Nvidia Shield TV Pro review 2022

Why should you purchase the Nvidia Shield TV Pro? In a market flooded with streaming devices for various budgets – many of which are less expensive than this high-spec one – the question is whether you want the best.

If all you want is the newest movies and shows streamed without fuss, there are plenty of options available. Fire TV Cubes to Roku streaming sticks, and even expensive features like Dolby Vision are making their way down to more affordable models. Only the Shield TV Pro will suffice if you want a little more ‘oomph’ from your TV’s devices.

The Shield TV Pro is an Android-powered set-top box / games console that is packed with features that will appeal to both movie aficionados and gamers.

It has you covered whether you want high-end PC gaming streamed to your TV. Despite the improved specs, it offers less value for money than prior generations.

Nvidia Shield TV Pro price and availability

The Nvidia Shield TV Pro is now available for $199.99 (£179.99). That buys you the console, a new and better remote control , and access to 20 terrific (though aging) PC games. You can stream over the internet as part of the GeForce Now service, which you can supplement with your own purchases.

Nvidia Shield TV Pro price and availability
Nvidia Shield TV Pro price and availability

It’d be a wonderful deal with enhanced internal hardware and some new features, which we’ll get to in a minute… if Nvidia’s own Nvidia Shield TV Gaming Edition pack hadn’t already outdone it.

For around the same price, you could have the last-gen box, last-gen remote, and the mic-packing Nvidia Shield Controller, which is currently sold separately.

There isn’t much that can compete with the Nvidia Shield TV Pro, except from its older brothers. The Amazon Fire TV Cube is exactly as capable as a movie and TV streaming device as the Shield TV Pro, but it is less expensive. If you have the cash, the Shield TV is difficult to beat.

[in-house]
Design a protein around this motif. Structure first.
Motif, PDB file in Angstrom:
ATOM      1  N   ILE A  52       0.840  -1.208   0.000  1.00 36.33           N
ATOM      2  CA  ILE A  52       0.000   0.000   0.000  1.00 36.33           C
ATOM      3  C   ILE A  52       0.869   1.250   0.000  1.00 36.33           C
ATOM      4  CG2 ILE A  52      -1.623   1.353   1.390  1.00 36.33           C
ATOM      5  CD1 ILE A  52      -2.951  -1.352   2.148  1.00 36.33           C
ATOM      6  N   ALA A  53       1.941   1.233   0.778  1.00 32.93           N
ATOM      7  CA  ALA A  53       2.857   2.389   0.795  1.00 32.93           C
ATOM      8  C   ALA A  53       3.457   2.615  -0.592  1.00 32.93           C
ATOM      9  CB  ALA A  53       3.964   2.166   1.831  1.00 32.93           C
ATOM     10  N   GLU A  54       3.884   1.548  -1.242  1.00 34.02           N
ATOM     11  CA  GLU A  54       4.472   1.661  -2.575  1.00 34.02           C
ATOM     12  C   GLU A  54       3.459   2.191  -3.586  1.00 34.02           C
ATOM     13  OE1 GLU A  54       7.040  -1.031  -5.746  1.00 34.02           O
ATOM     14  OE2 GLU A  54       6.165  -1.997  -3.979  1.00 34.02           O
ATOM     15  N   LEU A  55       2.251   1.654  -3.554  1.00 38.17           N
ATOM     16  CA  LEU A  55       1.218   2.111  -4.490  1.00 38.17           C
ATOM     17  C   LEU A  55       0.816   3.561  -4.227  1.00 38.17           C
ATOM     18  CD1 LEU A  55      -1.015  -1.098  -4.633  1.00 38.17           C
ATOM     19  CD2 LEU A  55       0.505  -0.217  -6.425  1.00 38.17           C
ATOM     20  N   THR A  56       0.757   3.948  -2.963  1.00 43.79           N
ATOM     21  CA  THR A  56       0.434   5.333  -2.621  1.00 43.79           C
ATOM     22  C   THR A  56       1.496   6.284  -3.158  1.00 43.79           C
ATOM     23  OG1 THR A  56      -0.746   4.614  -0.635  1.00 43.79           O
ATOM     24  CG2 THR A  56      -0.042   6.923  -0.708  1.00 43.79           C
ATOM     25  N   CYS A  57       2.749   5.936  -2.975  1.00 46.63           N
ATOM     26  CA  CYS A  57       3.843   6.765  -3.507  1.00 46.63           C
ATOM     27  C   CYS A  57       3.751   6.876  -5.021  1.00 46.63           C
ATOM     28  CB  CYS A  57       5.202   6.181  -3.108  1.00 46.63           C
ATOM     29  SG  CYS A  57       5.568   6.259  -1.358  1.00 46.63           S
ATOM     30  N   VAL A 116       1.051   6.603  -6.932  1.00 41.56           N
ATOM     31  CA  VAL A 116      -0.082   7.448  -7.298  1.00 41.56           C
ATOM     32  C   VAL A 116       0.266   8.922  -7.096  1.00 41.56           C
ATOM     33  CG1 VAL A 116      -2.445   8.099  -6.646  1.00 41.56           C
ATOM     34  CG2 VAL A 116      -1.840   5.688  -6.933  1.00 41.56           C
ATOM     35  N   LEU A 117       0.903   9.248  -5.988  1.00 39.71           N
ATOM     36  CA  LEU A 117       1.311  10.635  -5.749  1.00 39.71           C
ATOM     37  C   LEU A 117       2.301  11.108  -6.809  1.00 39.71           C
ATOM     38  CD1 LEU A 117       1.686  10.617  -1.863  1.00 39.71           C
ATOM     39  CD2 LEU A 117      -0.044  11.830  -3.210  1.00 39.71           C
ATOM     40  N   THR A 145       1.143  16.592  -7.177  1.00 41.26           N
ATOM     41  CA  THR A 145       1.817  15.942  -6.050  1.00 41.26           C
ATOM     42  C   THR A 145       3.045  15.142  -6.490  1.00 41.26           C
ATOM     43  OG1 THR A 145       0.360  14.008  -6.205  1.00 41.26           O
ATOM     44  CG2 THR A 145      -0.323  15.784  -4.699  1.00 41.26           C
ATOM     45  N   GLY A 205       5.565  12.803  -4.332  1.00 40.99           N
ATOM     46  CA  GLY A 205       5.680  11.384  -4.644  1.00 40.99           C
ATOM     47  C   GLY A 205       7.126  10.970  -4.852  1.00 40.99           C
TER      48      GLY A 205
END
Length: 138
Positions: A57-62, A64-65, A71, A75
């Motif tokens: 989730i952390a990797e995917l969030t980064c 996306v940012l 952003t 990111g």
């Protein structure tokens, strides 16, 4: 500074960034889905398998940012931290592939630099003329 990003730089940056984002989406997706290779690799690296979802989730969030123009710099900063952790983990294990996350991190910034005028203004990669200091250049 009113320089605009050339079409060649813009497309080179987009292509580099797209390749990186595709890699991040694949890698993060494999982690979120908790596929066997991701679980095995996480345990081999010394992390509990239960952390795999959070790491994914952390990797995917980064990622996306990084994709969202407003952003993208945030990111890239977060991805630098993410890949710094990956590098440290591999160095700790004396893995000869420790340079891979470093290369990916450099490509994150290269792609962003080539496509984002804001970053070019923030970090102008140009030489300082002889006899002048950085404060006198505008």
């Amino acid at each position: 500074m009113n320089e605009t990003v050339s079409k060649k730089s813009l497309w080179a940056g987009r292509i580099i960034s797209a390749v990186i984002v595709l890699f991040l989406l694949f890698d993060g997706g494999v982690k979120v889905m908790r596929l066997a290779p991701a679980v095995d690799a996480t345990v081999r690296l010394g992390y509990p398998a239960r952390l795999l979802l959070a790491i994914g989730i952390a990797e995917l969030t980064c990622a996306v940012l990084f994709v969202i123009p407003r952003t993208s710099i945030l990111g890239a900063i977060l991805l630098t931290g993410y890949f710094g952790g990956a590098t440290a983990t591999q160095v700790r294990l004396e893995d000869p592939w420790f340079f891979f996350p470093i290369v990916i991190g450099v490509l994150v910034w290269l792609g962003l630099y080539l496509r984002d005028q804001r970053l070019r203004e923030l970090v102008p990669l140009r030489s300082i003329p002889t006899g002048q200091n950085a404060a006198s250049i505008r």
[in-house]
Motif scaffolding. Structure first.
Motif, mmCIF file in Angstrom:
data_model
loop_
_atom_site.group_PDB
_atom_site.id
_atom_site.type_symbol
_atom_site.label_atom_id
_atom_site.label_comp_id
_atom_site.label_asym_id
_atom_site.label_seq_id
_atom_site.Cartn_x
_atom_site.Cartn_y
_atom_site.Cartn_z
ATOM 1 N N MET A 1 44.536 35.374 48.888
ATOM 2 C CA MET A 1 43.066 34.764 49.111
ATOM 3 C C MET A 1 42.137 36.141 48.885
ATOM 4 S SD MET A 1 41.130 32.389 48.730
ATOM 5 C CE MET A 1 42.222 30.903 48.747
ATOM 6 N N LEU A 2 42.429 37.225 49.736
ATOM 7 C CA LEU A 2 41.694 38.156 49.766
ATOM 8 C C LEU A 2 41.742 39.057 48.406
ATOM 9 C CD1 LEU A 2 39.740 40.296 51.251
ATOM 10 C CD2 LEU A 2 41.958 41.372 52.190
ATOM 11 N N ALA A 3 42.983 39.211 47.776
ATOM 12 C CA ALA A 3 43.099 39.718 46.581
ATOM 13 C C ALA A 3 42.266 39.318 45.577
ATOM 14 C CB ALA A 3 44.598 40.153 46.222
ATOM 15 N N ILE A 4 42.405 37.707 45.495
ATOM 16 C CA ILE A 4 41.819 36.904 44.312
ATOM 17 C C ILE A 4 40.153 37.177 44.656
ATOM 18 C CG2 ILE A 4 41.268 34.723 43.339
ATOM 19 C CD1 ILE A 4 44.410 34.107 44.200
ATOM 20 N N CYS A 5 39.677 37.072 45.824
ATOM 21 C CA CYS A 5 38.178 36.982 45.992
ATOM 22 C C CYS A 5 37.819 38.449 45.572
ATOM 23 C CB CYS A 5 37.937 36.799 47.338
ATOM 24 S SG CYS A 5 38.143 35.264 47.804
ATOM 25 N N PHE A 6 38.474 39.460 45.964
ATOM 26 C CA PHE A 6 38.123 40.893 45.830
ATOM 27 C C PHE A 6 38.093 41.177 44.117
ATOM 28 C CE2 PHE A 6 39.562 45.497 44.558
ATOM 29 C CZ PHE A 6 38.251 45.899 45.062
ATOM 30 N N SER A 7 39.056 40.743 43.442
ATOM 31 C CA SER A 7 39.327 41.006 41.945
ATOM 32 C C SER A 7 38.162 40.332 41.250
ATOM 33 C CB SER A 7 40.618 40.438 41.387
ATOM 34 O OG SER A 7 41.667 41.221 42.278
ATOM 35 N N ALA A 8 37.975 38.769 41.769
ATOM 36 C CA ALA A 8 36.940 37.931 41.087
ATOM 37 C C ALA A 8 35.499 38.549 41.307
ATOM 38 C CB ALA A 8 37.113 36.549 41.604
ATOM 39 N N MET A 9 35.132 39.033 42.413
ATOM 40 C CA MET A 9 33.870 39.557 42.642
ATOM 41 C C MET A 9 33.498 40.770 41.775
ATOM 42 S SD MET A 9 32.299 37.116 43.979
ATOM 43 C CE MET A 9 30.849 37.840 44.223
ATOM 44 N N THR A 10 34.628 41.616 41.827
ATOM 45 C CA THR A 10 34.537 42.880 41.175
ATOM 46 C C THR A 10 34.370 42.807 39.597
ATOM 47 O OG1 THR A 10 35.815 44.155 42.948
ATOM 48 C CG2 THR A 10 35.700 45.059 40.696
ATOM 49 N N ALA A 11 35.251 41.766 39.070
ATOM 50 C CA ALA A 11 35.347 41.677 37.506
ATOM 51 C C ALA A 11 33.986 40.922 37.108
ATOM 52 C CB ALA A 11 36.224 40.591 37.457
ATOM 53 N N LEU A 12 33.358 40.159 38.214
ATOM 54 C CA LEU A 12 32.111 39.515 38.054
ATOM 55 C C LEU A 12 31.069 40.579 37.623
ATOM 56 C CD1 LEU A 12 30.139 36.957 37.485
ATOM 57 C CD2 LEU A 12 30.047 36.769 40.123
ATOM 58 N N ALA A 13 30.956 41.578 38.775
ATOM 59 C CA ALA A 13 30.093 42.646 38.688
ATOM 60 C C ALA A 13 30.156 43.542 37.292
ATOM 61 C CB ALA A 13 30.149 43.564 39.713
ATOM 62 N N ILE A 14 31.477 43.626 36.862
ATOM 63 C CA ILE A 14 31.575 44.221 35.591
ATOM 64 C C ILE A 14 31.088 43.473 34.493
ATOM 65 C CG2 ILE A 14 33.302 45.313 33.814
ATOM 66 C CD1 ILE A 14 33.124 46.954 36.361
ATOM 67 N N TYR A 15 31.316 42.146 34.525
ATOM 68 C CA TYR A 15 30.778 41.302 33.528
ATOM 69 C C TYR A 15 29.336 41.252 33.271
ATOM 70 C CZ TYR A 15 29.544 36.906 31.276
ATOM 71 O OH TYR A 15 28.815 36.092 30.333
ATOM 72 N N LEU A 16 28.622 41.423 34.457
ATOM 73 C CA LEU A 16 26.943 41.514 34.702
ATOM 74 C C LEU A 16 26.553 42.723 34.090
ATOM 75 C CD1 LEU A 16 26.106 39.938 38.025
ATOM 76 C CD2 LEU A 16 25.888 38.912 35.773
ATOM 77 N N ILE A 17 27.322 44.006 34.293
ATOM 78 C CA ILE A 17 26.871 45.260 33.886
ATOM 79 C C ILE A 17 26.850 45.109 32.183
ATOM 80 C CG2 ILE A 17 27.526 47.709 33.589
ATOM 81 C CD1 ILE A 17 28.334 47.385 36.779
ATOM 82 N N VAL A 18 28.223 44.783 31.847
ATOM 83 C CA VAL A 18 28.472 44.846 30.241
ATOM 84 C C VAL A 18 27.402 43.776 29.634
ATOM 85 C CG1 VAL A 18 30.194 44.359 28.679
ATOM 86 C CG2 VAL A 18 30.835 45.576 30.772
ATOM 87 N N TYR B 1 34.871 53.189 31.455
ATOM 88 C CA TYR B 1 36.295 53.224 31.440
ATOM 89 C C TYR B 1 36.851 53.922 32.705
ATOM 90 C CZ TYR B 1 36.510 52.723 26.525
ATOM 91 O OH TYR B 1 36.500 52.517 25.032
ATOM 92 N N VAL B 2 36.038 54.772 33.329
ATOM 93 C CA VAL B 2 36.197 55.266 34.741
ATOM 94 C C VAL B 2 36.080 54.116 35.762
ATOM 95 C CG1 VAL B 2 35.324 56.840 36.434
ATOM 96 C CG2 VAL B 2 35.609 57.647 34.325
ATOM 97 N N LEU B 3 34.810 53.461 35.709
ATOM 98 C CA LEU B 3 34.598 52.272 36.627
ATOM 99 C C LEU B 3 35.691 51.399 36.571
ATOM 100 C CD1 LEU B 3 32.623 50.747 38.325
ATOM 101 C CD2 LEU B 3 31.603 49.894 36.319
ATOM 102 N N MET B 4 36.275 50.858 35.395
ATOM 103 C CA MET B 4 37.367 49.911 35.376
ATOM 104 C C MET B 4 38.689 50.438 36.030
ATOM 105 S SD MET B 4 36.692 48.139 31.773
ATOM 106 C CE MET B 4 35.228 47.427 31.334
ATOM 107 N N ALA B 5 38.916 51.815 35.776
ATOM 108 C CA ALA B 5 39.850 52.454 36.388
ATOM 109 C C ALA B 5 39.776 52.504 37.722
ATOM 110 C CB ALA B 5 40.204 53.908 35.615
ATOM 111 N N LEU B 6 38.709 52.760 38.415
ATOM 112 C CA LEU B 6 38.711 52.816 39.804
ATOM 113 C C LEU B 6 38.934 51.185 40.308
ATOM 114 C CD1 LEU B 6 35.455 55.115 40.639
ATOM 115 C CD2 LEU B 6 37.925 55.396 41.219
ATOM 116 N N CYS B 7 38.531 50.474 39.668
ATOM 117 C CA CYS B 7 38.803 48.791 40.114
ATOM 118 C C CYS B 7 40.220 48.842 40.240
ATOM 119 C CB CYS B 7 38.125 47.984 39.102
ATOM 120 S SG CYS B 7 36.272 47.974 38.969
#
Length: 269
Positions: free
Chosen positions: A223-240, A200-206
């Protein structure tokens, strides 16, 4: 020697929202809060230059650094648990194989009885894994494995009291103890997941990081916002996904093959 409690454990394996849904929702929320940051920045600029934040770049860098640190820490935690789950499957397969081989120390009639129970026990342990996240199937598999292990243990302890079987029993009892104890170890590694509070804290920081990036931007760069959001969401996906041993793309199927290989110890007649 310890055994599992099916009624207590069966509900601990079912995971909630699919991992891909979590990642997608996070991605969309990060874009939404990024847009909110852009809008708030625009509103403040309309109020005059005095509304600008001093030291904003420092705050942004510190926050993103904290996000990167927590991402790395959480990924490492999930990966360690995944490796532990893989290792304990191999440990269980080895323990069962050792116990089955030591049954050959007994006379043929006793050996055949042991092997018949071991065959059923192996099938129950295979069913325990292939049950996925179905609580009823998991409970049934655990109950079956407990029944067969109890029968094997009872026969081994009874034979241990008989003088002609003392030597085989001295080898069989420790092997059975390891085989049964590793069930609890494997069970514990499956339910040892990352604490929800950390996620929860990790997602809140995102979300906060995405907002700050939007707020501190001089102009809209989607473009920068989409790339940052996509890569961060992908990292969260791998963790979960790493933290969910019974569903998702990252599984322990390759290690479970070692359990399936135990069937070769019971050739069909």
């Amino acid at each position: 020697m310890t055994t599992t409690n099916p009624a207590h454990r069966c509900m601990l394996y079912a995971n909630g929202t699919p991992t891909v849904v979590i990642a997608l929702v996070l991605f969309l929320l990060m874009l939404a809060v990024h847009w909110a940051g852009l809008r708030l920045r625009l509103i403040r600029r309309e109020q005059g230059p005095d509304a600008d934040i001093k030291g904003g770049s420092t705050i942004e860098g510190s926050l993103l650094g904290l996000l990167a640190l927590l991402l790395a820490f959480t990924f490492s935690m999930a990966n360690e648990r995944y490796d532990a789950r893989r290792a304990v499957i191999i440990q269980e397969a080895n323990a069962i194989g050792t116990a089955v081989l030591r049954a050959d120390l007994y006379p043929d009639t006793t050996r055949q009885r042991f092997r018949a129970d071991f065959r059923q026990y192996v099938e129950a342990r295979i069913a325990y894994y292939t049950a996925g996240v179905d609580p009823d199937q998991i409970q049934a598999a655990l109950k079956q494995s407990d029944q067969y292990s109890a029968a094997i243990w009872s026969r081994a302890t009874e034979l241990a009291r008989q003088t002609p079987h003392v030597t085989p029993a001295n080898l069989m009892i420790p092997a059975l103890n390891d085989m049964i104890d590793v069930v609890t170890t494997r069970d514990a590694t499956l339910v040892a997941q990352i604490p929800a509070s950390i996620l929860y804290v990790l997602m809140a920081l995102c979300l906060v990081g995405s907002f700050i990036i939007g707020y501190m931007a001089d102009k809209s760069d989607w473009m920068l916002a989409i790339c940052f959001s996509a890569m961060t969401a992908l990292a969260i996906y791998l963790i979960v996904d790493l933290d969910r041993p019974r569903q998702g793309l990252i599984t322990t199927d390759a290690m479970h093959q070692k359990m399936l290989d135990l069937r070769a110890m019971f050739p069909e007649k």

Design

Given its capabilities, the Nvidia Shield TV Pro is a small little object. It’s around the size of two Kindle e-readers piled on top of each other. The shaped like a slender wedge with some angular indentations etched into it for posterity. In a pinch, it’d just about fit into the back pocket of your jeans.

Design
Design

It’ll sit innocuously alongside your other AV gear, lying flat or standing upright with its ‘on’ status conveyed by a neon green light strip. The intensity of which may be changed if you find it a little garish.

Two USB 3.0 connections, a 4K HDR-compatible HDMI port, an Ethernet port, and a proprietary power port are located on the back of the device. Wi-Fi (802.11ac dual-band) and Bluetooth 5.0 for connecting wireless accessories are both included. However, the only cable included in the box is for electricity. You must provide your own HDMI (and, if necessary, USB) cable.

There’s 3GB of RAM and 16GB of storage under the hood. Although the RAM remains identical, we’ve seen other Shield variants with up to 500GB of on-board storage, so a little more would have been nice. Still, the two USB connections make connecting external storage, as well as a wired controller or keyboard and mouse, a breeze.

What’s changed is the CPU, which is the first big improvement to the Shield TV lineup since its launch in 2015. The Tegra X1+ CPU is on board, which offers a 25% performance jump over the Tegra X1. It’s the same family of chips that power the latest Nintendo Switch models, including the Nintendo Switch Lite.

The Shield TV family has never been known for its performance, but the inclusion of the X1+ makes everything feel a little snappier, as well as allowing for some of the new features on-board here.